Using the Site Specific Factors from the Collaborative Stage Data Collection System
Several PUF projects will examine one or more laboratory prognostic indicators. These are available as Site Specific Factors (SSF) collected as part of the Collaborative Stage Data Collection System (CS). The term “collaborative” means that the data collection tool was devised to meet the various needs of cancer registry data standard setters such as the Commission on Cancer (CoC), Surveillance Epidemiology and End Results (SEER), and the National Program of Cancer Registries (NPCR).
Up to 25 data fields are used to collect SSFs. Being site specific, they contain different information depending on the type of cancer in the report. For example, for breast cancer reports SSF1 contains “Estrogen Receptor (ER) Assay” results, but for colon cancer reports SSF1 contains “Carcinoembryonic Antigen (CEA)” results.
SSFs also may convey non-laboratory site specific information that is relevant to prognosis for some cases. For example, SSF1 for gastric cancers is “Clinical Assessment of Regional Lymph Nodes”, and for melanoma of skin it is “Measured Thickness (Depth), Breslow Measurement”.
Some detective work is required to identify the data fields of interest, the applicable codes, and the adequacy of the data for the particular study.
The codes, and occasionally the fields used, for a particular prognostic factor changed over time. In the PUF the SSF data are retained in the form in which they were submitted. That means that it will be necessary to identify the CS Version Numbers that are used in the PUF file, and use those to identify whether the data contents for the desired SSF may have changed or moved over time. Links to the site-specific codes can be found at http://ncdbpuf.facs.org/?q=node/370.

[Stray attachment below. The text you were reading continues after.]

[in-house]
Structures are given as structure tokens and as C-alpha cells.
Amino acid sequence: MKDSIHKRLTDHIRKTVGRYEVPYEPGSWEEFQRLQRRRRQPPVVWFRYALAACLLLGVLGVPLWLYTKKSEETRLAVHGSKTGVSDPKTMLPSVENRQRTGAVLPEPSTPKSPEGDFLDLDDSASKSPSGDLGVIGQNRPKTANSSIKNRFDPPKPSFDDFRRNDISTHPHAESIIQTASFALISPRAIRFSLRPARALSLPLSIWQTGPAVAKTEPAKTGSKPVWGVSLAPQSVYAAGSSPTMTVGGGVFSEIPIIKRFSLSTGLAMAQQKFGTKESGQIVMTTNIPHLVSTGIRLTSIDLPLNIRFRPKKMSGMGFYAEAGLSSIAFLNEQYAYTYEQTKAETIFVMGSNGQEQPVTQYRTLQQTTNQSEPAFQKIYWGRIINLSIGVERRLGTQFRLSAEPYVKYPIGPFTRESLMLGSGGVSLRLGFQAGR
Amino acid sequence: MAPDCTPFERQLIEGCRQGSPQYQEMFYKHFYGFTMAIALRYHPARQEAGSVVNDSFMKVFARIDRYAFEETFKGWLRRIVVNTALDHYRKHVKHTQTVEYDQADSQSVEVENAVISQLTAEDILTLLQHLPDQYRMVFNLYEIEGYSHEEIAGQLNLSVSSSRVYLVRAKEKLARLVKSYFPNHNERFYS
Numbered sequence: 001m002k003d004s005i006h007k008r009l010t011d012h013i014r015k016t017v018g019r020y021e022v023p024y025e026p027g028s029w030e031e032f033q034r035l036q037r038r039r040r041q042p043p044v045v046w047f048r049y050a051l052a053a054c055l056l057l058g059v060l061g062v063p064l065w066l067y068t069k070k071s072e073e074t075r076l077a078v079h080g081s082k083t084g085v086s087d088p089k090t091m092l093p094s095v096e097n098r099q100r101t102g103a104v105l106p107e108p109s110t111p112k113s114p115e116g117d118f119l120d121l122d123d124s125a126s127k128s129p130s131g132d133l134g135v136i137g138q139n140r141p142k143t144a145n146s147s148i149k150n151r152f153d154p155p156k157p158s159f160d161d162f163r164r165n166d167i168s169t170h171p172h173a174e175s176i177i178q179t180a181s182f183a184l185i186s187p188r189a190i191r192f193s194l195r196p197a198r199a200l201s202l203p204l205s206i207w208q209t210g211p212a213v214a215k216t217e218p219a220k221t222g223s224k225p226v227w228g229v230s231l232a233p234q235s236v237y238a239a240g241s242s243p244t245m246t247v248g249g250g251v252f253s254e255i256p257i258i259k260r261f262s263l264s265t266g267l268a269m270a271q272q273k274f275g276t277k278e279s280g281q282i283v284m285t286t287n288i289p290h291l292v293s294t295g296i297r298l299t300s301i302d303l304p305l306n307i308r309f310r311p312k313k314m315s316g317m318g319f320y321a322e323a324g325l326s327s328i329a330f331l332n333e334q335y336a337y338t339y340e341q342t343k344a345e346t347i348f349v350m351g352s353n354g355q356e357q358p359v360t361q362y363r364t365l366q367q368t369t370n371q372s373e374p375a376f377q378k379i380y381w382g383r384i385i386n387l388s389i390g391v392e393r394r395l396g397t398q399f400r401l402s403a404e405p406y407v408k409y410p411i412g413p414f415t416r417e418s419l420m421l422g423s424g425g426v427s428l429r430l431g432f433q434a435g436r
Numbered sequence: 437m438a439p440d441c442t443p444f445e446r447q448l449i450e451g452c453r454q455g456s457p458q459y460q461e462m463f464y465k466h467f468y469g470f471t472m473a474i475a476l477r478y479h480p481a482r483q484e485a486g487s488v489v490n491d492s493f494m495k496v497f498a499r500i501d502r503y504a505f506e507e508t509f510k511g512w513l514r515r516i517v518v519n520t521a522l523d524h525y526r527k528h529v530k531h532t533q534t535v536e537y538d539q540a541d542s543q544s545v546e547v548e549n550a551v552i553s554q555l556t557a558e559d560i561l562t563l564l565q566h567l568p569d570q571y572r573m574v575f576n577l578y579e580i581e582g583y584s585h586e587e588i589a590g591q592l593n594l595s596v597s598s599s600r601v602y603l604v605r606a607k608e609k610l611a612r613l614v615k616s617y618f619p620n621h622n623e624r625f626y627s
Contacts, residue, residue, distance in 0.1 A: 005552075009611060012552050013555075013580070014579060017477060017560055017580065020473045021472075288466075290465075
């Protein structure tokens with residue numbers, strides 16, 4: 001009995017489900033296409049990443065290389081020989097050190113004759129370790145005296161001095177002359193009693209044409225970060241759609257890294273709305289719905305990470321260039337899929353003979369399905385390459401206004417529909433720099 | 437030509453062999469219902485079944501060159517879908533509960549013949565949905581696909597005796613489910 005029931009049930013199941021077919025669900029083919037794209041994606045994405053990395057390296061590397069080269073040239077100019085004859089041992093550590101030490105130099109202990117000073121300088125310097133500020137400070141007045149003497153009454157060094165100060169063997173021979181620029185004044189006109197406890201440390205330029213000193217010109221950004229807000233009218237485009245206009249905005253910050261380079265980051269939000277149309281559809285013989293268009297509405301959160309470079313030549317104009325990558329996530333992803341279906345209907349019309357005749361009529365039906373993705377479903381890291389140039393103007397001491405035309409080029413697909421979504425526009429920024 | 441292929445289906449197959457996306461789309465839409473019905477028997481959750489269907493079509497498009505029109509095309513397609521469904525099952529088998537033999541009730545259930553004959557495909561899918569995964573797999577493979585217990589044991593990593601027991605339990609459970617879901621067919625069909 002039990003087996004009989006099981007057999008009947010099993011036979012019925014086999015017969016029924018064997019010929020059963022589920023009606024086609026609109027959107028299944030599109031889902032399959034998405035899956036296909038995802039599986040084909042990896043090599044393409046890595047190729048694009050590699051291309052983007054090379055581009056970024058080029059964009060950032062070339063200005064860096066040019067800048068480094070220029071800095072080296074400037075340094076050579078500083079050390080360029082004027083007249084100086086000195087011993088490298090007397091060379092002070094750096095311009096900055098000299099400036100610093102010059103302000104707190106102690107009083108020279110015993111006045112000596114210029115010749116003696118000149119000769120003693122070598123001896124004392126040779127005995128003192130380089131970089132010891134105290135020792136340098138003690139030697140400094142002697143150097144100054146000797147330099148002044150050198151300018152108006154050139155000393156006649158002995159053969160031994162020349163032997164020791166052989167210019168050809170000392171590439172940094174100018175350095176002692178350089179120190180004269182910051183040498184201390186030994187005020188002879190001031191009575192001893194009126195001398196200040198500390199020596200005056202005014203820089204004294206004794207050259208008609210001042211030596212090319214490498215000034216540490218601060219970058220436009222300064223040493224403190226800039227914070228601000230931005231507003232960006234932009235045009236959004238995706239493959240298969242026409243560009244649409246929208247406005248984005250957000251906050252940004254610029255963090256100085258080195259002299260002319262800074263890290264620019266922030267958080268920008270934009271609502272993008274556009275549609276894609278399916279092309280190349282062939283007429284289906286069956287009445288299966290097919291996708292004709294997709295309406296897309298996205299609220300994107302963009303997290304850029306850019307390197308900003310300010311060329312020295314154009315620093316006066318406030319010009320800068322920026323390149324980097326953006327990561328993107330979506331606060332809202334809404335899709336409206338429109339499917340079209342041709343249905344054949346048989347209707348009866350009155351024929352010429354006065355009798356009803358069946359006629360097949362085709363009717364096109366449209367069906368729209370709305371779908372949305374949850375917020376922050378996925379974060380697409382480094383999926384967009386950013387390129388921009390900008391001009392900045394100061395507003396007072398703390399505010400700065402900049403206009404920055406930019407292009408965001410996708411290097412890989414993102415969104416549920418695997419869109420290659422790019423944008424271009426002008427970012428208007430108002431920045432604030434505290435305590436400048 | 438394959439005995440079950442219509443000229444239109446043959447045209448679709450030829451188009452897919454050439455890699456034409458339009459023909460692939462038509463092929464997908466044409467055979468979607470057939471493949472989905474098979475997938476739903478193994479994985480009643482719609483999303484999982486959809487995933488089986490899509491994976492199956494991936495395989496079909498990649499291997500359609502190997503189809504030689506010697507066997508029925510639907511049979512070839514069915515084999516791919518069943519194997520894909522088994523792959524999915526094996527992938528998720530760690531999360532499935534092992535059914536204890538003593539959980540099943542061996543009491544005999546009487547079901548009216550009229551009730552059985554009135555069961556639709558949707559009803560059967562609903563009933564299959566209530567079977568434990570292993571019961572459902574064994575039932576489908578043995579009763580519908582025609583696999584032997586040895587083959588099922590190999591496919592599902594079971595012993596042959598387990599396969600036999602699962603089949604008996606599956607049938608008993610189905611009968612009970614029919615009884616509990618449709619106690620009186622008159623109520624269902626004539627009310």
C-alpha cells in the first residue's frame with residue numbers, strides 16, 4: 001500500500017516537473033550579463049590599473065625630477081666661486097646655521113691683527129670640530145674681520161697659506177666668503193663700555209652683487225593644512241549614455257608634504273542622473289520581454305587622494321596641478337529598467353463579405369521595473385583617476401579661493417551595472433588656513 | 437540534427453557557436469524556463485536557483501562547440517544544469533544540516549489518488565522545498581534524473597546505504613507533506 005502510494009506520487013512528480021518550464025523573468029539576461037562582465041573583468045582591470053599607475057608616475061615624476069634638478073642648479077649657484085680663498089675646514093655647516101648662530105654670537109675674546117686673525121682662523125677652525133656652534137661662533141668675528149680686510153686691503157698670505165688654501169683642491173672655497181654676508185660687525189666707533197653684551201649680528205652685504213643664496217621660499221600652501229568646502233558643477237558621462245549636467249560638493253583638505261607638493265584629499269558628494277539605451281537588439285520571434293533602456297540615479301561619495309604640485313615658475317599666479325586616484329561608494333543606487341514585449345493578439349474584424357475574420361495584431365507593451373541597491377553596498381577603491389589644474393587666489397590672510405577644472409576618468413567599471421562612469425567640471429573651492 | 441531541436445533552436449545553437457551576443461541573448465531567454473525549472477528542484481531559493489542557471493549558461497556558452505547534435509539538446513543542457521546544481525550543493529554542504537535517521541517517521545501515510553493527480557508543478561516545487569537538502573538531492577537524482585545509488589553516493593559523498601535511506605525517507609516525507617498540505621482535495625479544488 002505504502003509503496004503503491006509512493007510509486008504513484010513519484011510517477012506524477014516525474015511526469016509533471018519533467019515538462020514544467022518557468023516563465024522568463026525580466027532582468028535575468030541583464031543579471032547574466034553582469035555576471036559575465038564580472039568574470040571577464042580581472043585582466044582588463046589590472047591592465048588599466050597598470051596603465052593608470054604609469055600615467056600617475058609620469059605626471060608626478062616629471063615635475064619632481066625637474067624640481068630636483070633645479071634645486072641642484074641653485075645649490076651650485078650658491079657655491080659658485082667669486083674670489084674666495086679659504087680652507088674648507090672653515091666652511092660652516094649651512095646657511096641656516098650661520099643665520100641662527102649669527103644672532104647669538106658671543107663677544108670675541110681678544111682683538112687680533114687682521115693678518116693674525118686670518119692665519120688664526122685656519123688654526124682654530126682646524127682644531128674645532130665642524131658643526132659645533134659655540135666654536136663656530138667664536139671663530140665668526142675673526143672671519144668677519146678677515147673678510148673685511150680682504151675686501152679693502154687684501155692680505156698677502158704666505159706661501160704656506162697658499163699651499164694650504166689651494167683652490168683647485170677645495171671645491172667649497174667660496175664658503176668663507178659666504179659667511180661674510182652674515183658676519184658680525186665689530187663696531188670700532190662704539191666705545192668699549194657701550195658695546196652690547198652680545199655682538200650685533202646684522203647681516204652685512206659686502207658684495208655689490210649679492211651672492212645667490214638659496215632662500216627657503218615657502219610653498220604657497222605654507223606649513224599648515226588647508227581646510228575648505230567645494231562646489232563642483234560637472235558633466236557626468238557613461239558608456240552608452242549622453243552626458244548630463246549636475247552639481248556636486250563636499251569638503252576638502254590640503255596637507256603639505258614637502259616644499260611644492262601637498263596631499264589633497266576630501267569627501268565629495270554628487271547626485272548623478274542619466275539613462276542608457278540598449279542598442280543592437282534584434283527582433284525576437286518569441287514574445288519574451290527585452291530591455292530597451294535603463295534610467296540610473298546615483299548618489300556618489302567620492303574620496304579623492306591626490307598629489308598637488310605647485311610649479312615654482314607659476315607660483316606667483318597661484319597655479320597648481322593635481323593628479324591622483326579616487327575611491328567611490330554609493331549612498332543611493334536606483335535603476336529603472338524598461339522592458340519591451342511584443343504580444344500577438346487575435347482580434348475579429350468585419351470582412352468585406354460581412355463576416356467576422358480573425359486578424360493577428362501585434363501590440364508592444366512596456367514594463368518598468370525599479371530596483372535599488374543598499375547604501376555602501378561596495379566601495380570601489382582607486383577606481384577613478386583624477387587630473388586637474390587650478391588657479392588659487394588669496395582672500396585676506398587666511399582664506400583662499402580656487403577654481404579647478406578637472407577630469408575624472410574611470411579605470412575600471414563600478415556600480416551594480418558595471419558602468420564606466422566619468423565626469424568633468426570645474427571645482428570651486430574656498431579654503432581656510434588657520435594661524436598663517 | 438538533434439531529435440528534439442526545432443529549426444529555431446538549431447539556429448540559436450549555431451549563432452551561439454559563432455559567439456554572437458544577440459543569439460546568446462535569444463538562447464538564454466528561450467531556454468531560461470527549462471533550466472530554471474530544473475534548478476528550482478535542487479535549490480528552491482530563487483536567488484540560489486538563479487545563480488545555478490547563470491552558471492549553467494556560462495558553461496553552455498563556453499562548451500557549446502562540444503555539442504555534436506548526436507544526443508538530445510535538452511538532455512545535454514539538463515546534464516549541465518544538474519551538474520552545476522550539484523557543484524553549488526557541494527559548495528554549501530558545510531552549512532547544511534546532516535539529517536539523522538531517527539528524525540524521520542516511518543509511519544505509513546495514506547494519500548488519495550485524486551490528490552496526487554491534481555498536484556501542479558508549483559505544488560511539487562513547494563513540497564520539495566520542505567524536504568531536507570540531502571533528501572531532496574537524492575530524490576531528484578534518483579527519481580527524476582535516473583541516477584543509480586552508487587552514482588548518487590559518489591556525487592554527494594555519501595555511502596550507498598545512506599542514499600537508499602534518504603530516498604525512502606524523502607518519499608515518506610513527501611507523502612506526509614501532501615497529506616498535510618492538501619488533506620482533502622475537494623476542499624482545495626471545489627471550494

The quality of the SSF data items has undergone minimal review by NCDB, and PUF users are advised to examine the data consistency and completeness of these items carefully before proceeding with the study.
- All SSF data items are edited for validity and internal consistency before the case report is submitted, and the submitter is required to correct any edit errors. However, some coding errors remain.
- Case coverage of the SSFs is limited for a variety of reasons, potentially seriously affecting their applicability for some studies.
- The availability of the measures to hospital registrars at the time of data entry is sparse for many prognostic measures. The source of information is usually the laboratory report as it appears in the hospital patient record. The information may not be available in the hospital if it was requested by a physician and the report was sent to the physician’s office. Or it may be delayed and not picked up later.
- The individual tests are not run at all locations or for all patients, even if the test is part of an acknowledged treatment protocol.
- Finally, many hospital registries began abstracting data for the years the measures were introduced prior to the hospital’s upgrade of the software necessary to collect those items, and they did not necessarily return to the cases to abstract the missed data. No SSFs are available for cases diagnosed prior to 2004. Some of the items were first introduced in 2004, and are underrepresented for cases diagnosed that year compared to later years. Most prognostic SSFs were introduced in 2010, and are certainly underrepresented for 2010 diagnoses; they are not available at all for earlier years.
The SSFs in use in for Versions 2.02 through the current version and whether the field was required for CoC registries are described in http://seer.cancer.gov/csreqstatus/index.html. To access the list of Site-Specific Factors required by the Commission on Cancer, click the "Get Started" button in the Collaborate Stage Requirements Status box on the right-hand side of the page. Then, press the plus sign in the middle of the page, select "Required Factors" as Report, "CoC" as the Standard Setter, and the applicable version under Version. As noted above, the fields in which these items were stored and the codes used may have changed over time.
Please direct questions about the use of SSFs to NCDB_PUF@facs.org.